Sharks, Penguins and Clouds: SA 2018

Don’t make a trip from Somerset West to Boulder’s Beach on a New Year’s Day unless you want to drive very slowly! When you get there, do not swim too far from the beach or you might be bitten by a shark!

It turns out everyone else had the same idea. Everyone, from the townships of Khaylitsha and Mitchell’s Plain to quirky Muizenberg and Fish Hoek was either crossing the road to get to beach or driven close by it, if not to see the penguins, then at least to see one of those beach-kind of weddings. (Turns out 1st January is a very popular day for weddings in Western Cape – and yes, I am writing this blog with a 5 weeks delay!).

The weather was very hot, the wind was very strong and we watched it all from the window of the Ford Fiesta for two hours until we arrived in Simon’s Town.

The townships were on a scale unimaginable and it was a wake up call for those tourists  have so far seen only the manicured vineyards and farms around Stellenbosch.  Repeated rows of corrugated steel roofs and tilted electrical poles seeped into the blue mountains horizon somewhere in the far, far distance. People, young and old and children walked to places and judging by the size of their rucksacks they were used to some distances. A groups of youth was heading for beach and whistled past the queue of slow traffic.


Not far from the Mitchell’s Plain there was a Muslim wedding. The bride’s dress was being thrashed by the unforgiving Atlantic wind, the veil lifted around her face and I was tempted to come out of the car, if only to take a photo, but of course, that’s when the traffic started to move and the kids said I was a ‘weird wedding crasher with a lousy camera’.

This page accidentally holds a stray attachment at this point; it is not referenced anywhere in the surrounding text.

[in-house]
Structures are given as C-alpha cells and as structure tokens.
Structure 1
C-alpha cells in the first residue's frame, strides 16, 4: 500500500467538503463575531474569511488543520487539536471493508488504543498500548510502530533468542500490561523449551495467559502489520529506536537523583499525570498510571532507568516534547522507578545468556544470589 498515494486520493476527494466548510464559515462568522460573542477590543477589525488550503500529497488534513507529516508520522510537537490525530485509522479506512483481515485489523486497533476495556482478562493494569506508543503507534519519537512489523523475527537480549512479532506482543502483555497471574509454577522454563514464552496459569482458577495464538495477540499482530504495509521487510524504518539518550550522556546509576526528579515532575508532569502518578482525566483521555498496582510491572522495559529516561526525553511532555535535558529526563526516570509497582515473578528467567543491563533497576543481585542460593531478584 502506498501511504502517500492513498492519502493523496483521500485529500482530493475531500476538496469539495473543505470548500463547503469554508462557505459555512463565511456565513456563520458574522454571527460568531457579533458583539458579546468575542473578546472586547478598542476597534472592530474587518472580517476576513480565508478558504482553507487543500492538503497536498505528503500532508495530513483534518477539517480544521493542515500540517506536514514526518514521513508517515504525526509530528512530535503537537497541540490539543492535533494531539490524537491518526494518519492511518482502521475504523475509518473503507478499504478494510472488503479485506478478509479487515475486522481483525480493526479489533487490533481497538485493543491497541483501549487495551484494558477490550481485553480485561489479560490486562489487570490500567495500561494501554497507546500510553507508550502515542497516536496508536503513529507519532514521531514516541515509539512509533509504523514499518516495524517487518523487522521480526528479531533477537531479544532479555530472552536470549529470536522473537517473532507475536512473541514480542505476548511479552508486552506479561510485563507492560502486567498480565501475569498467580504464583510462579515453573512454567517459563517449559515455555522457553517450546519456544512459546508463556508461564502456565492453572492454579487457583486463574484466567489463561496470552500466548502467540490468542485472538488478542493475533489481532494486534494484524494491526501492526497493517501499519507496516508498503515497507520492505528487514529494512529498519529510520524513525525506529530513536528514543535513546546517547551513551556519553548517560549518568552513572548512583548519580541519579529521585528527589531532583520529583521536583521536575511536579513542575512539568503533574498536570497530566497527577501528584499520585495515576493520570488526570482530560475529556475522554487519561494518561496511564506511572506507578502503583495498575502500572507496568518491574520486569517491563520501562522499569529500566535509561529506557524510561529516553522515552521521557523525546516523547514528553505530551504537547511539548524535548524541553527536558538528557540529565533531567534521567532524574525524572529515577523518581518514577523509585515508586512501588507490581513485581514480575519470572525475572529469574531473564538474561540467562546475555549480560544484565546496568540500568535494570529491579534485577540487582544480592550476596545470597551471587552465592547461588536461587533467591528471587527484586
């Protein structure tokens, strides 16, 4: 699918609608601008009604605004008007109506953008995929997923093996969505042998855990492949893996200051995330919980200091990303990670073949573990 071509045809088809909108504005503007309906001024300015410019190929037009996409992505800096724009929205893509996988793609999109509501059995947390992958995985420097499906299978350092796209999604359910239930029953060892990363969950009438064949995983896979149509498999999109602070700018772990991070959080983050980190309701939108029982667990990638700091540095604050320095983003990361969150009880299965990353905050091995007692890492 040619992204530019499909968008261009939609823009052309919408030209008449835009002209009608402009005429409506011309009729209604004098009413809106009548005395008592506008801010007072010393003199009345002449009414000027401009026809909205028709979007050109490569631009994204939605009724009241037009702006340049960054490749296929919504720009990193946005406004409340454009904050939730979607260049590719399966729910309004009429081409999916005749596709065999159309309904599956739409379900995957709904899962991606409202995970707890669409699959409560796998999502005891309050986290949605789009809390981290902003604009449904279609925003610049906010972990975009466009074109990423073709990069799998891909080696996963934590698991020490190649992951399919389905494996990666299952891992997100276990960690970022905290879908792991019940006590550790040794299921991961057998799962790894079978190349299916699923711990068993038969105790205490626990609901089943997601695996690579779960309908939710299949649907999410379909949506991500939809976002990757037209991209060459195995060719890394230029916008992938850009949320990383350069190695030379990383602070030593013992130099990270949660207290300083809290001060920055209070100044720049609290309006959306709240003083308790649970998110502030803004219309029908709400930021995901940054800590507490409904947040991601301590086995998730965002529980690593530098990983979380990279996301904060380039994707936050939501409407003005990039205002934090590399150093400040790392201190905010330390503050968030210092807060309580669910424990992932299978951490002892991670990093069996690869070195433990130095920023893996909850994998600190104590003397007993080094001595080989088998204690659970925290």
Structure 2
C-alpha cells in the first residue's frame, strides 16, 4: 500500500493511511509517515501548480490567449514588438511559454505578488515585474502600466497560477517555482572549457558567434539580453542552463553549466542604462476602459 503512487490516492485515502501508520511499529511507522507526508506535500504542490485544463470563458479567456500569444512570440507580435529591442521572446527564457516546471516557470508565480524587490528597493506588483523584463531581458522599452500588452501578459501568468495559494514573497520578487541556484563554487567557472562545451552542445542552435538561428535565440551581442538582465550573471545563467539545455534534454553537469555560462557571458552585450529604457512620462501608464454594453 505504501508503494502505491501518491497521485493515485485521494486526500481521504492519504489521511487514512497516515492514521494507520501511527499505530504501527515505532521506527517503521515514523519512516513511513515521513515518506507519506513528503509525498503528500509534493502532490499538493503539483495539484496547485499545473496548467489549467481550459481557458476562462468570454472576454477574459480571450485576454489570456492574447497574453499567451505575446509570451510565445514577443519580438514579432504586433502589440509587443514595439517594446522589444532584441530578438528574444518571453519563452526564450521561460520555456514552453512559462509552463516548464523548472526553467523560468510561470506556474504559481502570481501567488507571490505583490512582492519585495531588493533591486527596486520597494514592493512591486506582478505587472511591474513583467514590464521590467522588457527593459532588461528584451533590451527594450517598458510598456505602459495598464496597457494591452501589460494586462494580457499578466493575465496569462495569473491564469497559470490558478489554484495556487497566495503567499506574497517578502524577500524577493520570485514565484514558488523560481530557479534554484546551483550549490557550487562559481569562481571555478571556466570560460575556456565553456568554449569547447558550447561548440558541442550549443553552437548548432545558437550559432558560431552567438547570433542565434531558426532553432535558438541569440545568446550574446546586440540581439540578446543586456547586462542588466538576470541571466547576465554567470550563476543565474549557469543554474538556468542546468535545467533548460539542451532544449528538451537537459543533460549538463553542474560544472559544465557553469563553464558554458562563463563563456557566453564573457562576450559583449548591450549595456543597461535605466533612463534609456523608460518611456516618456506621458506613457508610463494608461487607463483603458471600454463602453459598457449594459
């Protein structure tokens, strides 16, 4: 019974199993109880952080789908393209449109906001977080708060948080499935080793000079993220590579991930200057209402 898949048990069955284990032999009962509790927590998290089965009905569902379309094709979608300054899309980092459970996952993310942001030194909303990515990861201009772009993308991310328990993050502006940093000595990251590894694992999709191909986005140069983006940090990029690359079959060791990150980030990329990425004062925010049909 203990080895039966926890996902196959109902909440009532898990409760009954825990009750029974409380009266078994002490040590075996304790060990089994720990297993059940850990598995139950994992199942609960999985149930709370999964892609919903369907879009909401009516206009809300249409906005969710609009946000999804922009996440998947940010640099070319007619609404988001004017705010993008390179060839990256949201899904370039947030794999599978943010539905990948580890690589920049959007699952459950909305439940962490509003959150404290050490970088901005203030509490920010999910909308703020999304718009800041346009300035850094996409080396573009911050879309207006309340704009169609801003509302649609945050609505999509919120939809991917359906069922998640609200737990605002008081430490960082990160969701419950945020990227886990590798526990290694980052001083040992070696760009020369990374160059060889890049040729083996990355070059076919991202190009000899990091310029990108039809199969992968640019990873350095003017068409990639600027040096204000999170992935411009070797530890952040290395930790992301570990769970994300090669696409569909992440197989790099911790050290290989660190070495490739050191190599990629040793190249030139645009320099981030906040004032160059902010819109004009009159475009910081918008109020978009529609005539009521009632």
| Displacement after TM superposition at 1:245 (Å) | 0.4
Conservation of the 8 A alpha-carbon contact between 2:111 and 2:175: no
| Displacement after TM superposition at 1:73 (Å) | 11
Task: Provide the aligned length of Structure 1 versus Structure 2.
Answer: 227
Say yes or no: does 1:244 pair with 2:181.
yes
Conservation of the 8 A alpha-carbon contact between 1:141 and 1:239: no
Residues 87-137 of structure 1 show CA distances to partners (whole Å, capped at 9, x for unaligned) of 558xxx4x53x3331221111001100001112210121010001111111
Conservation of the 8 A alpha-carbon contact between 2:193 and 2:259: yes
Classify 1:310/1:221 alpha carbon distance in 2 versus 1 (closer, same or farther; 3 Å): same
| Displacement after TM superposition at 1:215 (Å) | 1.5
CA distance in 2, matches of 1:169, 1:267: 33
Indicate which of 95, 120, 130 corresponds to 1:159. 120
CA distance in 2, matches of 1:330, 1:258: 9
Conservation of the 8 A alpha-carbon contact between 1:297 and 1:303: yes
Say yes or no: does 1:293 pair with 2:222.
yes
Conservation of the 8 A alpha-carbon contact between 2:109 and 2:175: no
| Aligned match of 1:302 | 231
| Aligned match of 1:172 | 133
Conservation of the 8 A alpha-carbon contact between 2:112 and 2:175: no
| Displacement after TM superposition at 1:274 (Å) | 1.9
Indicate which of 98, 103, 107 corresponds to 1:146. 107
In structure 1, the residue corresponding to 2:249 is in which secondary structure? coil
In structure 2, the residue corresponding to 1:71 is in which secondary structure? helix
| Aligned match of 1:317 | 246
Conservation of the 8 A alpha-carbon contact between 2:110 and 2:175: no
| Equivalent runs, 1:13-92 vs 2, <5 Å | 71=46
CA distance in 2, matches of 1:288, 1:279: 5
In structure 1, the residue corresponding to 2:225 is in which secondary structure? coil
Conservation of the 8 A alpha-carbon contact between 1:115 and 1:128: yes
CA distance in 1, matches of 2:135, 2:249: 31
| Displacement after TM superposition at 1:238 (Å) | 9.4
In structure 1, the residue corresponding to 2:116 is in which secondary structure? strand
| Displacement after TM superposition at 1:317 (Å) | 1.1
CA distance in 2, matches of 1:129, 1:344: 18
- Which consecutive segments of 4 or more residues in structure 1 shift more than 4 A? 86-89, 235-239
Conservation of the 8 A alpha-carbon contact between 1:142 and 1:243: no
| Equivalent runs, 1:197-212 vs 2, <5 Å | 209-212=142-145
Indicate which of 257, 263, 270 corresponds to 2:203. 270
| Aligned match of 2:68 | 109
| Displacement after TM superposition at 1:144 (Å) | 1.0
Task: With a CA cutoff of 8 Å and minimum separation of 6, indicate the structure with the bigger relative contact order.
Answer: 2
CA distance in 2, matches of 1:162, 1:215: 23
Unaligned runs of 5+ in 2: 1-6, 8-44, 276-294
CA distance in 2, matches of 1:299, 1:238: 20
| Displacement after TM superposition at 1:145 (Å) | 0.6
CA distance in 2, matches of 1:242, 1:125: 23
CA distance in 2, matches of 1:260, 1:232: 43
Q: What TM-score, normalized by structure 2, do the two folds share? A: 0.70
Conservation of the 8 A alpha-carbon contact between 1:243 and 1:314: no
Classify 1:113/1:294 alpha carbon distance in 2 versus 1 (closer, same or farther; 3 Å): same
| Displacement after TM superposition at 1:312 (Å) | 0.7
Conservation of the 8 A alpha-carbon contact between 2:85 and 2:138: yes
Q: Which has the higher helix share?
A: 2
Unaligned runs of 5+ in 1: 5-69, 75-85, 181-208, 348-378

In Muizenberg, another wedding party was walking up a hilly street, some men were wearing Jewish caps, others had no head coverage including the groom who was Black. Muizenberg looked like a place where everyone wanted to be seen eating a posh meal opposite the beach. I recognised the colourful beach houses, I have seen them in pictures before. I never knew there was a large Jewish synagogue.


We carried on along the coast, just like the trains on the coastal railway did and it was somewhere there we saw the Start of the Sea Catholic Convent School that looked completely out of place as we concluded that surely, no one ever goes to school in such a stunning tourist spot. Shark spotters and black flags were everywhere, a number of surfers have been bitten/eaten in around False Bay, I was told, in recent years.

The only thing to say now is that we did finally arrive at Simon’s Town and parked up our car on the curb very badly. We joined the queue to see the penguins at Boulder’s Beach, together with a hundred or so fellow tourists. I began to wonder why is it that children always decide to throw tantrums just after their parents buy the expensive tickets. I had this idea that we would be strolling the beach and the penguins would congregate before our eyes just like they do in Happy Feet. And whilst we did see them dotted around the large rocks, we had to obey the long queue and listen to everybody else’s child wanting to see them up close (in addition to our own).

Still, our photos were worth it and we got to eat our picnic food further down on the Boulder’s Beach.

Having rested on the sand, windswept and wind-burnt, we drew up to the Cape of Good Hope which is the place where mountain peaks meet with clouds and mists. It is not everyday I can say we’ve driven through clouds, but we definitely did – on 1 January 2018!

In case you wonder why I haven’t taken more photos of all these events, there are two reasons – 1. I was sitting in the car for most of the journey; 2. when we finally arrived, my battery run out!